But at the national and sub-national levels, there also is another destructive dynamic that leads to deterioration of the commons, especially parts of the commons that are man-made. Some such parts can be ruined not only by too much exploitation but also by not enough attention and upkeep. The deterioration of roads and railways comes partly from use, but also from time, weather, ice, and rust. Left alone and given enough time, nature can restore a pasture to life, but nature cannot repair a bridge. The need for positive attention and upkeep is all the more apparent with common resources, such as public education, that are less a matter of physical structures than are roads and bridges.

The destructive logic of the new tragedy of the commons consists of those with the wherewithal to do so ending their own reliance on the commons and relying on privately owned assets instead. This results in less of a base of support for keeping the commons in good shape. It especially means less support from those whose support is especially important because of the wealth involved. The result, as with the first kind of tragedy, is deterioration and perhaps ruin of the commons, immediately to the disadvantage of many but ultimately to the disadvantage of all.

President Obama, at a recent event at Georgetown University, remarked about this kind of withdrawal from the commons and how apparent it has become in recent years in the United States; he made particular reference to wealthy parents keeping their children out of public schools and instead using private institutions for education and extracurricular activities. Also at the event and concurring in the president's observation was Robert Putnam, whose study Bowling Alone documented the withdrawal of Americans during recent decades from many forms of community commitment and involvement. It's not just a matter of schools, tennis clubs, or bowling leagues. One's interest in maintaining mass transportation, for example, declines or disappears if one uses a private jet instead.

In the United States these trends are exacerbated by two other factors. One is growing economic inequality, with an expanding divide between the large numbers who must rely on the commons, including public schools and mass transportation, and a smaller number who have other options. The increased concentration of wealth at the very top makes the private jet option a reality and not just a theoretical discussion point. And in a post-Citizens United world, the opportunities for the very wealthy to manipulate political perceptions in a way that blurs the meaning of the divide is greater than ever.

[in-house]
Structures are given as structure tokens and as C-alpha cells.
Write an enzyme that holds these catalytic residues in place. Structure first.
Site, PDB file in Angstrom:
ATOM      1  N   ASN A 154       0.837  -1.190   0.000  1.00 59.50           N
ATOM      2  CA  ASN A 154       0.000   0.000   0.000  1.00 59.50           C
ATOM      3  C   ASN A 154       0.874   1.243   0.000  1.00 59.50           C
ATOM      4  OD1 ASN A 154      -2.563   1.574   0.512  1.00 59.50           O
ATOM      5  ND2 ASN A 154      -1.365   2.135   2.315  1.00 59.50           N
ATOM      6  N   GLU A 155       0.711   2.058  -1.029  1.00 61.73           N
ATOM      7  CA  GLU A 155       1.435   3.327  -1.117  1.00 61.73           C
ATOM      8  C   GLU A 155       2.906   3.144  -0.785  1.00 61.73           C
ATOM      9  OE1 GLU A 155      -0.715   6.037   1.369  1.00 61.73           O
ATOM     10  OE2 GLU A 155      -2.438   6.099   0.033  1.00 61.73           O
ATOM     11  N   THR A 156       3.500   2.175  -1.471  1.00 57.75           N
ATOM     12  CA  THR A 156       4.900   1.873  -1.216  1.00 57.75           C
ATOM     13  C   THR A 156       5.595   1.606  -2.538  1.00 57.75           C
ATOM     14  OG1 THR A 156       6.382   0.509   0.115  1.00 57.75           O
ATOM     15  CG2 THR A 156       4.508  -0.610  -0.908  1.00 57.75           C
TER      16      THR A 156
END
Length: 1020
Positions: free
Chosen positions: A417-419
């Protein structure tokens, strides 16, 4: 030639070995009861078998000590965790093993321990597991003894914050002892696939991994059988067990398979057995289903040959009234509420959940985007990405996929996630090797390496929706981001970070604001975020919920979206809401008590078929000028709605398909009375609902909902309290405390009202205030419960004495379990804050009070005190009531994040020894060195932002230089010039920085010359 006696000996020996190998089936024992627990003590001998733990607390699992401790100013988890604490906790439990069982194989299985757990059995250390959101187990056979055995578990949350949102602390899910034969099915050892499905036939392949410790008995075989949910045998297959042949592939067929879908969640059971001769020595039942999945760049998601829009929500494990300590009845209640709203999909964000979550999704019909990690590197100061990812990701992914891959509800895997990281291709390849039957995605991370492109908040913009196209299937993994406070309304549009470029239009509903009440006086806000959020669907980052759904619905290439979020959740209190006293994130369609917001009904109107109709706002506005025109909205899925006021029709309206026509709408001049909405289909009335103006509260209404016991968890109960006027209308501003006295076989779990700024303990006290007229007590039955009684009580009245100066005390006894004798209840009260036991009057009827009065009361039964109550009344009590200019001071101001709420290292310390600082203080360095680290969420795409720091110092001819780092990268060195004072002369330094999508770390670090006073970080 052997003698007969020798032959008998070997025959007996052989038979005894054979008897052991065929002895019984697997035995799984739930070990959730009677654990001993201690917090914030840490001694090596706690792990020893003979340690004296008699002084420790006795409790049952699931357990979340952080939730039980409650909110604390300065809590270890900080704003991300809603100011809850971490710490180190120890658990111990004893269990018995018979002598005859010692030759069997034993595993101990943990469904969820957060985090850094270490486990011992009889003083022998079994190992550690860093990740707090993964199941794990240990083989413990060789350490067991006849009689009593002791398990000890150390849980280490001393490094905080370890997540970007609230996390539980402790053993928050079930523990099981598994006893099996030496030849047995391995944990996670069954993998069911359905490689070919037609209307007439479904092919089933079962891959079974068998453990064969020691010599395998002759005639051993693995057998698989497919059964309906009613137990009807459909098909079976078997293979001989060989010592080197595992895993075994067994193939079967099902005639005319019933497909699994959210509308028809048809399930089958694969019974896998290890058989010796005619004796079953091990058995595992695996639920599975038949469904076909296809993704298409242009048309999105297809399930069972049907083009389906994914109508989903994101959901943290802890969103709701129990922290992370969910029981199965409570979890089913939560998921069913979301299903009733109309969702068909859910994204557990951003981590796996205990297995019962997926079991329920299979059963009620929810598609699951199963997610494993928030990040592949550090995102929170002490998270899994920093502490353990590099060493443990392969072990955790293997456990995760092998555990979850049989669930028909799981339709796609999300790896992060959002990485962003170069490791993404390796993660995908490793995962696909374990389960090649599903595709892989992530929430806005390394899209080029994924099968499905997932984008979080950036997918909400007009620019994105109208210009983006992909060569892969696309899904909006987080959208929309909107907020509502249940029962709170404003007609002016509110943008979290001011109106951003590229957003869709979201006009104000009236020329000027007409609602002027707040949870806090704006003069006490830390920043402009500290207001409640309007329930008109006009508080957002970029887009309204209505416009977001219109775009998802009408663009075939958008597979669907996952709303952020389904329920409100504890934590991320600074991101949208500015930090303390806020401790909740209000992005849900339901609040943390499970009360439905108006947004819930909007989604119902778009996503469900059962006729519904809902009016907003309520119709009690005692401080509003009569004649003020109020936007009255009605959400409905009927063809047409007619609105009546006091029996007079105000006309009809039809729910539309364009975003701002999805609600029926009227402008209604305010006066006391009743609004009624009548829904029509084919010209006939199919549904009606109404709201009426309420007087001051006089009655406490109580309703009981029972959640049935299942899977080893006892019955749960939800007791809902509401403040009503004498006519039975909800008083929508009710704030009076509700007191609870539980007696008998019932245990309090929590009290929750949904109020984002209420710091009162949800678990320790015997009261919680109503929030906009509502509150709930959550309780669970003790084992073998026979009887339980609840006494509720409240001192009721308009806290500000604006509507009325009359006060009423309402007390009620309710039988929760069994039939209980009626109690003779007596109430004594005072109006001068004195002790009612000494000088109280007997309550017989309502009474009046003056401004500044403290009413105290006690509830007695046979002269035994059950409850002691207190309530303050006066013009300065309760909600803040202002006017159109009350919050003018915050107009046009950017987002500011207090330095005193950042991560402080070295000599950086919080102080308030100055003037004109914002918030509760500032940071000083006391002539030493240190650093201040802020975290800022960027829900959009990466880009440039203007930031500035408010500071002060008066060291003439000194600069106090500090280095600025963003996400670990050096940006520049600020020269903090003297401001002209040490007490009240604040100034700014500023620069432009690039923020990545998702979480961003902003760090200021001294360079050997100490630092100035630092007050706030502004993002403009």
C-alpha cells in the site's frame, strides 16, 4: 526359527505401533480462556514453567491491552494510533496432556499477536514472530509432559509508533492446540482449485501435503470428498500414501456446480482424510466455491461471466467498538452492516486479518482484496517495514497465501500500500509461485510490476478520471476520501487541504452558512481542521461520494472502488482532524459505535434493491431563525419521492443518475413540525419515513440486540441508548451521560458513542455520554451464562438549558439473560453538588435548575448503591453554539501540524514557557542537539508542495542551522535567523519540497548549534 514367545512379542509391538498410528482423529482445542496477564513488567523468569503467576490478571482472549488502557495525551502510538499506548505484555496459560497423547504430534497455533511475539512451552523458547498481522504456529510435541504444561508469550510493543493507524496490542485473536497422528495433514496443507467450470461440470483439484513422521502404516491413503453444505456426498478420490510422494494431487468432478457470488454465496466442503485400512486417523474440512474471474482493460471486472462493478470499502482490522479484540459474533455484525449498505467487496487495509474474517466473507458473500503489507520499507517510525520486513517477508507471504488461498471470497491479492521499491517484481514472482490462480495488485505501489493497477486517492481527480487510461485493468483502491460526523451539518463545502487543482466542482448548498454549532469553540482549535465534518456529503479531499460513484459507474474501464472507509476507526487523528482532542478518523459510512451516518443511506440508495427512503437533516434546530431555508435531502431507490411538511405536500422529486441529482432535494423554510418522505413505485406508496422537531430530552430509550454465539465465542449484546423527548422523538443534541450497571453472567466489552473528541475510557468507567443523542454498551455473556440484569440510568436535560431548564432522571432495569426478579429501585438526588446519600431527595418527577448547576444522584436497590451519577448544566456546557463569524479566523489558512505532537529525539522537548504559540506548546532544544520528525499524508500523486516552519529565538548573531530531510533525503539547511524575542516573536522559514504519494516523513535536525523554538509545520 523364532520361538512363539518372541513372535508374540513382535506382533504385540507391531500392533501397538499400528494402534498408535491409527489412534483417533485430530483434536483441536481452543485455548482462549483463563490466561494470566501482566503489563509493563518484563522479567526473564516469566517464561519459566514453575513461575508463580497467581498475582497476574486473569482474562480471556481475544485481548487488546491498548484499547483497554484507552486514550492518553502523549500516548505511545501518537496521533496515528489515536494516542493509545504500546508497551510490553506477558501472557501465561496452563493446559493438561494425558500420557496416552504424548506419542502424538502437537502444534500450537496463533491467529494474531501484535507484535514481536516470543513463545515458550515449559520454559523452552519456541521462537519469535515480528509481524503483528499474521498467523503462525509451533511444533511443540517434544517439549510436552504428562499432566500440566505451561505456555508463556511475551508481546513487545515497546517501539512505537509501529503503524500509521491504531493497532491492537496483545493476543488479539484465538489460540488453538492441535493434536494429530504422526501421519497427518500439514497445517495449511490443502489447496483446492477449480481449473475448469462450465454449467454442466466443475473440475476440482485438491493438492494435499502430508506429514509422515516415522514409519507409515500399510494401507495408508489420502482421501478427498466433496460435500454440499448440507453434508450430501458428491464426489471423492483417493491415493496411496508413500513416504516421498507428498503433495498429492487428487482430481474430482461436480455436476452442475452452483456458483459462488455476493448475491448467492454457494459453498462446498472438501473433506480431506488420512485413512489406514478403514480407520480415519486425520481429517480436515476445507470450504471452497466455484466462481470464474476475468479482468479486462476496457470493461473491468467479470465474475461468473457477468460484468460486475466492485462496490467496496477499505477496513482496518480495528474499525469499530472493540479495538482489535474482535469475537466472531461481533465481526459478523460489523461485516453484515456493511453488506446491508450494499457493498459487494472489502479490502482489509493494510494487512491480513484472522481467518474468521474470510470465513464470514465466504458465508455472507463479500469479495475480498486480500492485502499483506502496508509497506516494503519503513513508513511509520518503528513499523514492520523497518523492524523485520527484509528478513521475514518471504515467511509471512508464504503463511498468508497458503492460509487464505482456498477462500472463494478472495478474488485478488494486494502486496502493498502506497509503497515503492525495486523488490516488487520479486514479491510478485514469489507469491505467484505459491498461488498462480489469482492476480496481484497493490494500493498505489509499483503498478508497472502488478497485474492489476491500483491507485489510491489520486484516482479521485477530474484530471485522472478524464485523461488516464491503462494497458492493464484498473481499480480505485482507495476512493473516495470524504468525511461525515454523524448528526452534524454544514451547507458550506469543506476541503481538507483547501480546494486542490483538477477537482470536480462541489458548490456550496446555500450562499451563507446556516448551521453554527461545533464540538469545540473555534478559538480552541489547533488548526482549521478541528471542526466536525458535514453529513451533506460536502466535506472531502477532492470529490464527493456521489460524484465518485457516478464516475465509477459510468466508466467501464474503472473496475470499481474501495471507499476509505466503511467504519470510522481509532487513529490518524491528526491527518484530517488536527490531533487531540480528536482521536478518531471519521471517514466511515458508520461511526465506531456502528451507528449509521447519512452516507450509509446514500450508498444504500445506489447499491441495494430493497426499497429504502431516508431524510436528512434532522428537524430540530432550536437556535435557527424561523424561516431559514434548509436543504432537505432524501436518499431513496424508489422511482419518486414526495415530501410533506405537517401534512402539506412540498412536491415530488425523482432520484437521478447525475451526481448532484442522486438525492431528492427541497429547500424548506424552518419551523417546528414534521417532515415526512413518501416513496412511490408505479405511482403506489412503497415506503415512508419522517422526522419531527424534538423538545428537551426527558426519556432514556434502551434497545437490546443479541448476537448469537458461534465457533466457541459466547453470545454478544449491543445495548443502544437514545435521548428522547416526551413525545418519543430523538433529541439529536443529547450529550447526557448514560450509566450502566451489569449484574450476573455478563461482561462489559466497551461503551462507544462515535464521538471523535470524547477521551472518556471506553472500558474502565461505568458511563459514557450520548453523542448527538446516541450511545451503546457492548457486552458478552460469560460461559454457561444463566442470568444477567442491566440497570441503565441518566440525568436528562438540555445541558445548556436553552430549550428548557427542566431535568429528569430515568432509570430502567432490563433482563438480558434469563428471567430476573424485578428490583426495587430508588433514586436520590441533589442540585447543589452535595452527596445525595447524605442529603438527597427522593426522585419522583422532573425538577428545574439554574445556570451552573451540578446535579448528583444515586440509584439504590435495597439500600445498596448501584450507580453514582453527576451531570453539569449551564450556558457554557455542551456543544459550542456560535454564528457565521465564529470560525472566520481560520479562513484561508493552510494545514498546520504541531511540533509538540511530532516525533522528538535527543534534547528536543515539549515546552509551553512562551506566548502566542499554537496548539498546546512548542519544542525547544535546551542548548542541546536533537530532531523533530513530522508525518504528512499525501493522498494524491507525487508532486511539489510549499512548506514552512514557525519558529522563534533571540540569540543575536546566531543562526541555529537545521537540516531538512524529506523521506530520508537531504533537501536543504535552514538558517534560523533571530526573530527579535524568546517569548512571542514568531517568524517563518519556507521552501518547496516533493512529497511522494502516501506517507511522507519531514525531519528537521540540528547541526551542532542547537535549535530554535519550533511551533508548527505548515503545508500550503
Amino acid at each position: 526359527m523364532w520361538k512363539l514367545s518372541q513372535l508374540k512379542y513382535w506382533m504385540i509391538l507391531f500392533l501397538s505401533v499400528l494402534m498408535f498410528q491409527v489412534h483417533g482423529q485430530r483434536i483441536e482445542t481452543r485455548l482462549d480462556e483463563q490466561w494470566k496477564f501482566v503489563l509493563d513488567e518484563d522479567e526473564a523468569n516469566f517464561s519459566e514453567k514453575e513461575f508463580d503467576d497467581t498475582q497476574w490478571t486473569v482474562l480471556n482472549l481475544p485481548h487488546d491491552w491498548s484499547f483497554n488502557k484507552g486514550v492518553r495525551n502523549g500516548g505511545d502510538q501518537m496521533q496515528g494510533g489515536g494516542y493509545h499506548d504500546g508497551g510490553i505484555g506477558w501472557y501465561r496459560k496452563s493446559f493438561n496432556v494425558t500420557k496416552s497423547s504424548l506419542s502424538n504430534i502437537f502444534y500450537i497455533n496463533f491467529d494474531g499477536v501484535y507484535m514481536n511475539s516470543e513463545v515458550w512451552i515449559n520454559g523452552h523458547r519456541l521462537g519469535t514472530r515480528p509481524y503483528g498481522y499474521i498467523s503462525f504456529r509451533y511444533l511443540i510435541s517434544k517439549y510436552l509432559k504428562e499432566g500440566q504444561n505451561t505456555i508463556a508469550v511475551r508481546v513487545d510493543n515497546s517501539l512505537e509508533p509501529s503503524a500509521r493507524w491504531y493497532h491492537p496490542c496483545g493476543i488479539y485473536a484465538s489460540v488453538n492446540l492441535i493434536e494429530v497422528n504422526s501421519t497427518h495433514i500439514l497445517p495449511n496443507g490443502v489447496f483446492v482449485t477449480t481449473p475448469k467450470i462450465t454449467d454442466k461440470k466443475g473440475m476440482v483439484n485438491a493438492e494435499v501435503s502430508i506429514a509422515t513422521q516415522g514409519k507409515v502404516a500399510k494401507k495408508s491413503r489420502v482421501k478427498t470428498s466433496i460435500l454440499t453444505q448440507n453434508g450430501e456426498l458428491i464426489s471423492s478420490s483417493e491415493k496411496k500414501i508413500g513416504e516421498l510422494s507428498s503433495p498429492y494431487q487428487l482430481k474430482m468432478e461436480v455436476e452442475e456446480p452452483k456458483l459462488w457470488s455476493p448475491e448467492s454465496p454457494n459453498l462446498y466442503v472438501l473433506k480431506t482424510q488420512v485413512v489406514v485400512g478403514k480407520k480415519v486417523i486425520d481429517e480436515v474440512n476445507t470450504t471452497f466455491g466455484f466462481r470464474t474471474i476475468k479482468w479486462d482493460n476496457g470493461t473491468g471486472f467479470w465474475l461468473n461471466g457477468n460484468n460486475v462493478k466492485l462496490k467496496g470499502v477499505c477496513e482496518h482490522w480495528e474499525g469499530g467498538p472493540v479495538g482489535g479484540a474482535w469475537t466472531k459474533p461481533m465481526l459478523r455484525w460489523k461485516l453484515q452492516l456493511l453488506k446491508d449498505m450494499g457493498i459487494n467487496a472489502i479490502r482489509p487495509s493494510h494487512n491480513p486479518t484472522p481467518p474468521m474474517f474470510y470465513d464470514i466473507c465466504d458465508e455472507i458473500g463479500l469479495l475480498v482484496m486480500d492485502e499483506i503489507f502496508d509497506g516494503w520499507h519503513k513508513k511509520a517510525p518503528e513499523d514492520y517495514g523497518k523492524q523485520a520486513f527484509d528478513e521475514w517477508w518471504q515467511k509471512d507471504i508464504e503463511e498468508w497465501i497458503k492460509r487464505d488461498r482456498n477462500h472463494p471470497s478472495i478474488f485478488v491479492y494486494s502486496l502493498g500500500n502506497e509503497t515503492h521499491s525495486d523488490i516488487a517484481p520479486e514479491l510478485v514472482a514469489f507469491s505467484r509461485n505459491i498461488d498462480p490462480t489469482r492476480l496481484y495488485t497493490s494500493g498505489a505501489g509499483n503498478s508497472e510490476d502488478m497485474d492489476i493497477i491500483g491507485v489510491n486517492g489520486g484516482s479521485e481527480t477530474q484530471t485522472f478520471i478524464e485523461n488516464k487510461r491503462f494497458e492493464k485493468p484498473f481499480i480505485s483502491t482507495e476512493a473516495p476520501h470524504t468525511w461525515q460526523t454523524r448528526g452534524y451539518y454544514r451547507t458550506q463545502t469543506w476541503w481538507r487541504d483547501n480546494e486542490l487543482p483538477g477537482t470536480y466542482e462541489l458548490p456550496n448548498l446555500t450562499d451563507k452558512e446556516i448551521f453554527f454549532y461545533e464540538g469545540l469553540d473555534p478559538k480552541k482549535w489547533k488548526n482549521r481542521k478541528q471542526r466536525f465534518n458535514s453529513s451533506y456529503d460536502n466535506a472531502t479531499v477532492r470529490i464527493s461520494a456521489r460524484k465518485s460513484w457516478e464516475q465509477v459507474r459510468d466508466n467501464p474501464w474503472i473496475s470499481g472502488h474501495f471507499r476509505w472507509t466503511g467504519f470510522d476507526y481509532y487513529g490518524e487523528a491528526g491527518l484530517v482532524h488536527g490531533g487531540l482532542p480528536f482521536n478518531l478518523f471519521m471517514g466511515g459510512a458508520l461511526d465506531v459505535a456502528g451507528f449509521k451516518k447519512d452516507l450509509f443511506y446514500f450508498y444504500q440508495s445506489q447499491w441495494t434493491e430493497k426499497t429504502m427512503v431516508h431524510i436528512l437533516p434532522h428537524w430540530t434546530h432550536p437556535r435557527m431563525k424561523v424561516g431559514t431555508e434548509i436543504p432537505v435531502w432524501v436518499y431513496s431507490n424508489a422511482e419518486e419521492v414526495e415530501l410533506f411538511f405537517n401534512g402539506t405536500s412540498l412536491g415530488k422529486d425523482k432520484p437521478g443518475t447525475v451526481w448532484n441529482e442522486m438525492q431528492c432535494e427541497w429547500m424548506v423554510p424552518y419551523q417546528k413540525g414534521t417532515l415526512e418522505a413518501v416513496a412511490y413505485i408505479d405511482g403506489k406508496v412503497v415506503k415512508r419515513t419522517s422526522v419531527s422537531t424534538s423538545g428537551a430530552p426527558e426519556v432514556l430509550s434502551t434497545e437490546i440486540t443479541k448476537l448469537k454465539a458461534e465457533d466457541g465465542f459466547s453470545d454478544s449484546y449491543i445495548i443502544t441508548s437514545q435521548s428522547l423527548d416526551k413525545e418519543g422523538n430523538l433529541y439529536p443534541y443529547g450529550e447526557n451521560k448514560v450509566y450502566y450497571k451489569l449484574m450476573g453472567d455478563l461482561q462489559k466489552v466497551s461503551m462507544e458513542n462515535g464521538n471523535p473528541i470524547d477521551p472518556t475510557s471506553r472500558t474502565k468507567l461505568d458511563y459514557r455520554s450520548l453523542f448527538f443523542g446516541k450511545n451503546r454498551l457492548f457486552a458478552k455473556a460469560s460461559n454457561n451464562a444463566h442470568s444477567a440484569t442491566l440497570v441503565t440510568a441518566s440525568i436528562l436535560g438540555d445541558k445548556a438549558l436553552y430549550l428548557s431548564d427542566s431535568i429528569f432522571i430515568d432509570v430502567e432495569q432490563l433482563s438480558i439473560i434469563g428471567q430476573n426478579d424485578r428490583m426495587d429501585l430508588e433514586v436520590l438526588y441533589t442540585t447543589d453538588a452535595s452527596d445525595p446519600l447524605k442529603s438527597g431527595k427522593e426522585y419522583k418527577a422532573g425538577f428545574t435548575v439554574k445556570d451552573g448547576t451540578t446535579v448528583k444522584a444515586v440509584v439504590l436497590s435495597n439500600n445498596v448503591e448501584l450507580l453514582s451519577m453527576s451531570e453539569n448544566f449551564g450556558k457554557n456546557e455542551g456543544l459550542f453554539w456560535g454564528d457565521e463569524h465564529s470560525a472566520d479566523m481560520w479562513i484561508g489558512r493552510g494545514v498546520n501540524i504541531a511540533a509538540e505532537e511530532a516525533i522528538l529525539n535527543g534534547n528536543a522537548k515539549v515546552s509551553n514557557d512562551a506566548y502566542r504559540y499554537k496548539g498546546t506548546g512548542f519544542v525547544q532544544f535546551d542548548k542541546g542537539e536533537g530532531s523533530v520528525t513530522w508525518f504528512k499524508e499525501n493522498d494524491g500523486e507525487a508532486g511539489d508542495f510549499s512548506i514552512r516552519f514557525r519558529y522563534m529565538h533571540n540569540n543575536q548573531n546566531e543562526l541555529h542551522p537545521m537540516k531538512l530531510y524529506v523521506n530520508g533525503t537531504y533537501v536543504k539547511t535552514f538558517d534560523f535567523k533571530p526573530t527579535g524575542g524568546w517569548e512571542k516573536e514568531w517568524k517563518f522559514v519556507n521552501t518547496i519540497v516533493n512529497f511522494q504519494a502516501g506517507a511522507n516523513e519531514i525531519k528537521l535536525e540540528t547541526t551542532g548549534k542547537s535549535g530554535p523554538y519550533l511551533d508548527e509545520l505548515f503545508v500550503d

The other exacerbating factor is the prevalence in the United States of the ideologically driven belief that anything government does is ipso facto bad and that what the private sector does is by contrast good. This attitude ignores how, although markets do many things very well, there are many other important things that by their very nature markets cannot do well. It also ignores the fact that the private sector does not equate with free markets and that sometimes more, not less, governmental involvement is necessary to have a truly competitive free market (antitrust enforcement being an obvious but by no means the only example). Some of the worst consequences come when treating something that actually is part of the commons as if it were instead just another commodity to be traded in the market. Thus we increasingly have chaos and predation in the assignment of web addresses on the Internet. Some similar things have happened with another part of the commons: the part of the electromagnetic spectrum used for communication through the airwaves. Problems here were even a factor in the train wreck in Philadelphia. Delays in installing the automated train control system have been due not only to limited financial resources but also to the need for Amtrak to negotiate with private companies that have acquired ownership of portions of the spectrum that the system needs to operate. That negotiation process has taken years, even though government regulators at the Federal Communications Commission accomplished their part of the approval process in a matter of days.